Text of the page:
Kantar research (5th – 9th September 2019) finds that:
- Fewer than one in three Britons think it is ‘likely’ that the UK will leave the EU by the 31st October 2019 (30%, -16 vs August 2019), with more than half thinking it is ‘unlikely’ (51%, +16). One in five people ‘don’t know’ (19%, nc)
- 53% of Britons are in favour of any final deal or agreement reached by the government being put to a public referendum (+1 vs August 2019). 29% say it shouldn’t (nc) and 18% say they ‘don’t know’ (-1)
- Remaining in the EU/ Revoking Article 50 continues to be the most popular outcome for the public, with one in three saying this is their most favourable scenario (32%, -1 vs August 2019)
- Leaving the European Union with ‘No Deal’ is the preferred outcome for more than two in ten Britons (24%, +1 vs August). 6% (-3 vs August) want to Leave the EU with Theresa May’s deal, and 14% want Britain to leave the EU but remain in the Single Market / Customs Union (+1). Almost one in four people say they ‘don’t know’ what scenario they favour the most (24%, +2 vs August 2019)
- 37% (nc) of Leave voters and seven in ten of Remain voters (71%, nc) say they want any agreement to be put to a public vote
- Three in ten (31%, -1) Britons think that a No Deal Brexit would affect them negatively this year, with a further 35% (+2) thinking it will be neither positive or negative, and 20% (-2) believe it would affect them positively
- One in three of Leave voters (33%, -3) believe the impact on them personally would be positive by the end of this year if the UK left without a deal on October 31st. Conversely, 56% (+4) of Remain voters believe the impact would be negative
- If a new referendum was held on the UK’s membership of the European Union, 37% of Britons say they would vote to Remain (+1 vs August 2019), 34% say they would vote to Leave (-1 vs August). Almost one in five say they wouldn’t vote (18%, -1) and one in ten ‘don’t know’ (10%, nc)
Public voting intentions
- Conservative 38% (-4)
- Labour 24% (-4)
- Liberal Democrats 20% (+5)
- The Brexit Party 7% (+2)
- SNP 4% (-1), Green 3% (nc), The Independent Group for Change 1% (nc), Other 1% (nc), UKIP 1% (+1), Plaid Cymru 1% (+1)
Public opinion on the effects of Brexit and the negotiations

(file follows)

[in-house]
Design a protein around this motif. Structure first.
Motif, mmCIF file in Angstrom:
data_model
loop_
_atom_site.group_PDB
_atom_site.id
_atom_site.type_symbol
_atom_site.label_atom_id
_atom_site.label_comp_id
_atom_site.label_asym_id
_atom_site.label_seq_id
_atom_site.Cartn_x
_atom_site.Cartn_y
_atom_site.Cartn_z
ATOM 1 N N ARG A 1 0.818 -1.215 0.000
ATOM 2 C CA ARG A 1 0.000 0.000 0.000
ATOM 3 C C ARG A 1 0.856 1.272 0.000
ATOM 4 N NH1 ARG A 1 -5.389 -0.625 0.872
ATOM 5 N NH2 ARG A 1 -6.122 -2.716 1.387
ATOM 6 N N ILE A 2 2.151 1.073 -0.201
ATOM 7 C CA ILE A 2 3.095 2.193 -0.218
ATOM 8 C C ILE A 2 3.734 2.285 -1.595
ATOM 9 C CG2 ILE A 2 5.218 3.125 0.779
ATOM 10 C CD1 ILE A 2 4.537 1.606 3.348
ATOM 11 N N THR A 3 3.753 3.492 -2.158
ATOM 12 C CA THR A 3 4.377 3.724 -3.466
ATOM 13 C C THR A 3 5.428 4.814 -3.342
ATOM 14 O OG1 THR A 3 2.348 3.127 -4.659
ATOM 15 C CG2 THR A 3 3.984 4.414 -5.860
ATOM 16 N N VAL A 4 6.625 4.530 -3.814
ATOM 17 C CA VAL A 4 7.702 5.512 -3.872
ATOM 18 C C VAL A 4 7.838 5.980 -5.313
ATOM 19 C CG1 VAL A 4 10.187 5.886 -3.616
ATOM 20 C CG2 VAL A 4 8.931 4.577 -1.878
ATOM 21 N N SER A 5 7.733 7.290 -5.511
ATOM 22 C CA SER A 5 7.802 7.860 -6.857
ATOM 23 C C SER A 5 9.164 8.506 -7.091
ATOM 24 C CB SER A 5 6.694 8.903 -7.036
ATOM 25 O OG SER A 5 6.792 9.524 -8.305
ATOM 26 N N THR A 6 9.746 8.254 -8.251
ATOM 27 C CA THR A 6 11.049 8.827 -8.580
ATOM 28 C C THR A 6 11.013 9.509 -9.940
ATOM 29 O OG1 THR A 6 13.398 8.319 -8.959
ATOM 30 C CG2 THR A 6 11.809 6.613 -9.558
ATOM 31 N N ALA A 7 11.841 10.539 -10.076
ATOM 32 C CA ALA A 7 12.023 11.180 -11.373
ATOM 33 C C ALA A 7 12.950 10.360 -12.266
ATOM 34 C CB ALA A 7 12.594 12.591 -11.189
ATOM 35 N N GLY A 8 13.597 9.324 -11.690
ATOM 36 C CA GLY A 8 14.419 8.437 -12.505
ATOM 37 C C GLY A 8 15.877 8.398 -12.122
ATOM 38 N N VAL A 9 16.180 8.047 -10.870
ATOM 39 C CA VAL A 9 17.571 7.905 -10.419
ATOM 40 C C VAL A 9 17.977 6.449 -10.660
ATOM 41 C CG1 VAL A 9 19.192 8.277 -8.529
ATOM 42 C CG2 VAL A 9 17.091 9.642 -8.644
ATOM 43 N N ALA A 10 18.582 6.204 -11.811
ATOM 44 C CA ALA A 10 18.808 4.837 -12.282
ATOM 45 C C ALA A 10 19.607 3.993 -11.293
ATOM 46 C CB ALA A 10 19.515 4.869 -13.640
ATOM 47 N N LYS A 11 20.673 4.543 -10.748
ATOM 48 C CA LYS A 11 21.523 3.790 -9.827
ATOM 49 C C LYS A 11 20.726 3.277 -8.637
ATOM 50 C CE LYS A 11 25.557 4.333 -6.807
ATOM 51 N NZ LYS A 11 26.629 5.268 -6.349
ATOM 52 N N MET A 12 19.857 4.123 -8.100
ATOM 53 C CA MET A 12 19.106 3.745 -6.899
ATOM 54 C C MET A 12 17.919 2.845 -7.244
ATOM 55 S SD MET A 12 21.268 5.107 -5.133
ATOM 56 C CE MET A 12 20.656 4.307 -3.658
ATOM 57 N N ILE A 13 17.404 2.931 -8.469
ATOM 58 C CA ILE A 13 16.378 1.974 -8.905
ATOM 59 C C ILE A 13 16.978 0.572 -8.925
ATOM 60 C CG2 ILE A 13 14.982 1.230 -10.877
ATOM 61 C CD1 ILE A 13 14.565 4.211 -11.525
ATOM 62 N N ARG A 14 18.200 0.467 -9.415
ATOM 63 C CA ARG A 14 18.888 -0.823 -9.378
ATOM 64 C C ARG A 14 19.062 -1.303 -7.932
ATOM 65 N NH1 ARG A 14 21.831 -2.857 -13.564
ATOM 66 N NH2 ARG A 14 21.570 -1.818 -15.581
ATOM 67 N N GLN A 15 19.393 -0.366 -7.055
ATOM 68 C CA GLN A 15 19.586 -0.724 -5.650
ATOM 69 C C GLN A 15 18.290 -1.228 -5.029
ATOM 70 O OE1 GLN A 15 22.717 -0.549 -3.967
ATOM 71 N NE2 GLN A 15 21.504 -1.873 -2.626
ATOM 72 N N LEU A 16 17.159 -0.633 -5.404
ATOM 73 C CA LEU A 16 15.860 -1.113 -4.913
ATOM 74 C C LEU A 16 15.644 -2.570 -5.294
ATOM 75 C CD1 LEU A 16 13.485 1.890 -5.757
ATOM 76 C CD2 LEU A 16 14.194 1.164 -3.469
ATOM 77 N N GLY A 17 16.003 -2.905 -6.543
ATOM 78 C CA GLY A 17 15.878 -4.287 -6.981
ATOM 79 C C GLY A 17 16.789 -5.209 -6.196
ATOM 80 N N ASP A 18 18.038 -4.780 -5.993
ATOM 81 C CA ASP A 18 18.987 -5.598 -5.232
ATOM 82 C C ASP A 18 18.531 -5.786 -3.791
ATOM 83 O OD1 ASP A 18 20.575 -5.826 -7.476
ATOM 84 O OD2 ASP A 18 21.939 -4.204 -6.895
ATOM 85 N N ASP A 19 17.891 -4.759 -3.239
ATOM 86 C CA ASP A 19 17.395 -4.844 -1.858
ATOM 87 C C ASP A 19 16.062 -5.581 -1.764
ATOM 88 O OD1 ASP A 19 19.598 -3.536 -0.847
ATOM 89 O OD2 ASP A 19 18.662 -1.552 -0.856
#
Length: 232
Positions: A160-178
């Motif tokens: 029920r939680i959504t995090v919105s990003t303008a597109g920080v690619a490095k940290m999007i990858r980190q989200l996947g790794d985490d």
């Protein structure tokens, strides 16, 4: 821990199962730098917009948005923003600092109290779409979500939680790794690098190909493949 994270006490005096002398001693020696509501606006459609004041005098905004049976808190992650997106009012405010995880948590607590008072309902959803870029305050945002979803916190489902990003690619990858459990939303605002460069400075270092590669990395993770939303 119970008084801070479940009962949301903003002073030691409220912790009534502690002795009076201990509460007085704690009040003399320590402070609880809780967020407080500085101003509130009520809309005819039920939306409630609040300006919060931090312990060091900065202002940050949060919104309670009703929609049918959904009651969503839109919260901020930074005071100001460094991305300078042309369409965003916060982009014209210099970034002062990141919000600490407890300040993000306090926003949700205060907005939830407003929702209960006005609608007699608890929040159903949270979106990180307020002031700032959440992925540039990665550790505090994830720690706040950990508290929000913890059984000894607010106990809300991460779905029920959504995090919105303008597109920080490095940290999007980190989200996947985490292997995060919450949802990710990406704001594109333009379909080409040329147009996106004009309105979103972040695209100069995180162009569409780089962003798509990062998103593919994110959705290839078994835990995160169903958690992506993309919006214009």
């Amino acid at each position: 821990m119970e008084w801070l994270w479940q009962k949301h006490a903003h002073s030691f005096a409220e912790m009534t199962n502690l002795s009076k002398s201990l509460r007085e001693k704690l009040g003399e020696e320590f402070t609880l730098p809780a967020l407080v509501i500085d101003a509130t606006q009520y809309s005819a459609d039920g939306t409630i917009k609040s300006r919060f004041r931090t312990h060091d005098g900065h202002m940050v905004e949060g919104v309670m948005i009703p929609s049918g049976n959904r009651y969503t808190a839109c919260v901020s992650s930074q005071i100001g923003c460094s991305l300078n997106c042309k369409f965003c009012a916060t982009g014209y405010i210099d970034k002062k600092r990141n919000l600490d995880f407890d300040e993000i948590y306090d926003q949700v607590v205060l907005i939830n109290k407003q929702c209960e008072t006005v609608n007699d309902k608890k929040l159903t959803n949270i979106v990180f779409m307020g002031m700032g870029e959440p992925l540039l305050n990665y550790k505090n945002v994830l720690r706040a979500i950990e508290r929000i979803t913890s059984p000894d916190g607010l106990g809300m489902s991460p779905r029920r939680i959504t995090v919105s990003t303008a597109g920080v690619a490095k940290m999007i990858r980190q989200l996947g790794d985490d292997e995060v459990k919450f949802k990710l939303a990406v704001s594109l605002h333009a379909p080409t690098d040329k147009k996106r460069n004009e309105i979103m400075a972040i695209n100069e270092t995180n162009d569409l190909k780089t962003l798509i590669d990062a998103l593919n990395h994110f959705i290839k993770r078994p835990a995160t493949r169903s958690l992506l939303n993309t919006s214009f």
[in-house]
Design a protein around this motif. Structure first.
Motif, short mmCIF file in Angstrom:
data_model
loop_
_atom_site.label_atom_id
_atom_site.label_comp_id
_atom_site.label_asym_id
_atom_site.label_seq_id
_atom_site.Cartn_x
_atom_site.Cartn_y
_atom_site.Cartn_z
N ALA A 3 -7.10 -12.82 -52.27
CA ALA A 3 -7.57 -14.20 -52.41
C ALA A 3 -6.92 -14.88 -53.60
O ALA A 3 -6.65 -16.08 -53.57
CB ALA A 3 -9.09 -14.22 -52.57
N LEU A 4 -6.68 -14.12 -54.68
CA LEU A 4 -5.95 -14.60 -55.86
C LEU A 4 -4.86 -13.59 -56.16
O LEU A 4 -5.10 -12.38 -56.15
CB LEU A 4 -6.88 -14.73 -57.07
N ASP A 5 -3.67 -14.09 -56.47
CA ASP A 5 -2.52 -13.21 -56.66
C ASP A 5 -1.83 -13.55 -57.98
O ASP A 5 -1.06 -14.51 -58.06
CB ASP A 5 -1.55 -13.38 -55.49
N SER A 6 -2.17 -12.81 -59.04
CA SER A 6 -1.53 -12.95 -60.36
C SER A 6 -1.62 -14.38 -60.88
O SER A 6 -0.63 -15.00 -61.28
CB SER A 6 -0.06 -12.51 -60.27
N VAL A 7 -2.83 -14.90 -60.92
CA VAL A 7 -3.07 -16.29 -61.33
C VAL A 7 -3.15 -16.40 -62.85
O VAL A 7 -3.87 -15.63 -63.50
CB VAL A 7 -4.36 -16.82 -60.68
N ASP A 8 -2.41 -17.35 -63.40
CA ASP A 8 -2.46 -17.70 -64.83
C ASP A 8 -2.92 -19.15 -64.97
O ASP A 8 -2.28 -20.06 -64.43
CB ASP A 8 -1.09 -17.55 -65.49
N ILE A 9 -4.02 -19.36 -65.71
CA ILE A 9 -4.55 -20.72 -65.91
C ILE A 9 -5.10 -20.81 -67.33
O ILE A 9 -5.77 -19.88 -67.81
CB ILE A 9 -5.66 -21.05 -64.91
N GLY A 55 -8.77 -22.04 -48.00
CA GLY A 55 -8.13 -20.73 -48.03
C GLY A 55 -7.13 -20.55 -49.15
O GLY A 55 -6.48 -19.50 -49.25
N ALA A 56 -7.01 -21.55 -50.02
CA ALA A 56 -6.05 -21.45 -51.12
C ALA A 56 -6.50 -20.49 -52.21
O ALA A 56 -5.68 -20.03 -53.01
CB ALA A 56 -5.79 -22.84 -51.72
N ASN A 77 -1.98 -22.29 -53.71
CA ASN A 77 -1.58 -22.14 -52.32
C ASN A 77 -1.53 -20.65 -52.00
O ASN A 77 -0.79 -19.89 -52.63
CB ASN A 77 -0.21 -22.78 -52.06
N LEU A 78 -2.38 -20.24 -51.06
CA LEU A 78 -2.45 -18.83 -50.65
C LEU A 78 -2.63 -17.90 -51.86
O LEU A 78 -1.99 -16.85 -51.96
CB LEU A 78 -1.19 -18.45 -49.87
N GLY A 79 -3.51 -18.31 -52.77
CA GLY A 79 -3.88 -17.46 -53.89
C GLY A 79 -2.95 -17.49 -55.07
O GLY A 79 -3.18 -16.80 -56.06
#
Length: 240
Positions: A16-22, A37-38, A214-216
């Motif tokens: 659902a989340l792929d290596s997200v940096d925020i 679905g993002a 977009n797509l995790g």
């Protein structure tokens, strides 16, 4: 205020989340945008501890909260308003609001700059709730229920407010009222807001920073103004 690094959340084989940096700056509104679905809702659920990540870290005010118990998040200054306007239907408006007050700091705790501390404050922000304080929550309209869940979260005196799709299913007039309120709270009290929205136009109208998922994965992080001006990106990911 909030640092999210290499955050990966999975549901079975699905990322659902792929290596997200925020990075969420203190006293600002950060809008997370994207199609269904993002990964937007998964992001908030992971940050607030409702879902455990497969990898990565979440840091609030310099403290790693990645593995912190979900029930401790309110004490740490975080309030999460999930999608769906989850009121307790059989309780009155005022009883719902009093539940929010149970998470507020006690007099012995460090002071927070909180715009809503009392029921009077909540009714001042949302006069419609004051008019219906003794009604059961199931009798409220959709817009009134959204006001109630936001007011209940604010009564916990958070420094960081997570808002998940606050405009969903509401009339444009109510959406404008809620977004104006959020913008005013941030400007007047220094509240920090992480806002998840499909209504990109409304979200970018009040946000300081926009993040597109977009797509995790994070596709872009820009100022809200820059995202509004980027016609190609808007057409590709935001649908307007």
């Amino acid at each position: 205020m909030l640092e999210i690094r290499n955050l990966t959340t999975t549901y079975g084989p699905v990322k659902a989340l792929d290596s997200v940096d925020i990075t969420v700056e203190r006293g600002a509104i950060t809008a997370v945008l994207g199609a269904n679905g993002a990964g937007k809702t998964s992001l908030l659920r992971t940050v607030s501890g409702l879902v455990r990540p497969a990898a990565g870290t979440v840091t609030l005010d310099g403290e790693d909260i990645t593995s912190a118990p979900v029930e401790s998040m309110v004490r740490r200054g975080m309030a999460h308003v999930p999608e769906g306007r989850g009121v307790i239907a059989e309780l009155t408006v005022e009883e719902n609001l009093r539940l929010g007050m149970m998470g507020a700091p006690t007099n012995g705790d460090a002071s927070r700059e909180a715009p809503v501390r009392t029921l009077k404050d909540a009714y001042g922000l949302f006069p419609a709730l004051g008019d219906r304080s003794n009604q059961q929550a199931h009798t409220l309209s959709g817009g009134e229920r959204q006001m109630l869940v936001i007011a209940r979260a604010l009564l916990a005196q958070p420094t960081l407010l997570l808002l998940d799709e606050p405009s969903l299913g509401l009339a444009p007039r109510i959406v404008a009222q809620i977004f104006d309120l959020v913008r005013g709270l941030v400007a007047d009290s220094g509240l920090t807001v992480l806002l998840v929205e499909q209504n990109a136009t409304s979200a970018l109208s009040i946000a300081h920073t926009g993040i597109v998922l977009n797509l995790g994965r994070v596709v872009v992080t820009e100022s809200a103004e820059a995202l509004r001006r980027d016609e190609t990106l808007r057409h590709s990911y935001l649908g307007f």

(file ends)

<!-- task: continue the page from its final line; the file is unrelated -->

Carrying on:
- 65% of Britons (+6 vs August 2019) rate the government’s handling of the Brexit negotiations as ‘poor’ and 18% (-1) rate their handling of the negotiations as ‘well’
- When asked about the impact Brexit will have on jobs, NHS care, schools, living costs and peoples’ local area, over four in ten Britons (44%, -2 vs August 2019) believe that Brexit will have negative effects with no positive effects
- 23% (+1) believe Brexit will have positive effects with no negative effects
- When asked how likely are they to act ahead of the UK’s departure date from the EU, almost one in three people said they have already or are likely to reduce spending on leisure activities or eating out (32%, +1)
- Almost one in four people said they are likely to or have already stockpiled food or medicine (23%, nc).
While the proportion of people who answered that they are likely to / have already stockpiled food or medicine is unchanged since last month, there has been an increase in the proportion claiming they have already done this (up 3 percentage points from 6% to 9%). In fact, this is the highest percentage claiming to have done this since we started tracking this measure in October 2018. Previously it has always been between 4% and 6% of the public claiming to have done this.
Public priorities for UK’s exit from the European Union:
According to Kantar’s September Brexit Barometer, the British public’s priorities for the UK’s exit agreement are:
- More than seven in ten say they want the UK to continue collaborating with the EU on science, research and technology initiatives (72%, +3) and on security and policing (74%, +4)
- 62% of the public want British companies to have tariff-free access to the EU markets (nc) while 55% want European companies to have the same tariff-free access to UK markets, including services (+3 vs August 2019)
- 60% of Britons say they want (-1) the border between Northern Ireland and the Republic of Ireland to remain ‘soft’ without any passport control. Whilst 23% said they ‘don’t know’ (+1)
- 59% (+4) want the UK to draw up its own rules and regulations, even if they clash with EU rules and regulations and for there to be no further contributions to the EU budget (58%, nc)
- Nearly one in six (58%, +3) of the public want unrestricted rights for UK citizens to live in the EU. Whereas 43% (-2) of Britons want to deny the same unrestricted right for EU citizens to live in the UK
- More than half (54%, +2 vs August 2019) want the UK to be part of a customs union with the EU to ensure no checks on goods at UK/EU borders, including with Ireland
The survey data and further details on the methodological approach can be found here.
A total of 1,144 interviews were conducted online among adults living in Great Britain between 5th and 9th of September. Interviews were conducted using the Kantar Research Express Online Omnibus, which uses the Kantar online access panel as its sample source.
The data was weighted to match population totals for age, gender, working status, 2017 General Election voting patterns, 2016 EU referendum voting patterns, education, region, and likelihood to vote in the next General Election. Any use of this research must cite Kantar as the source.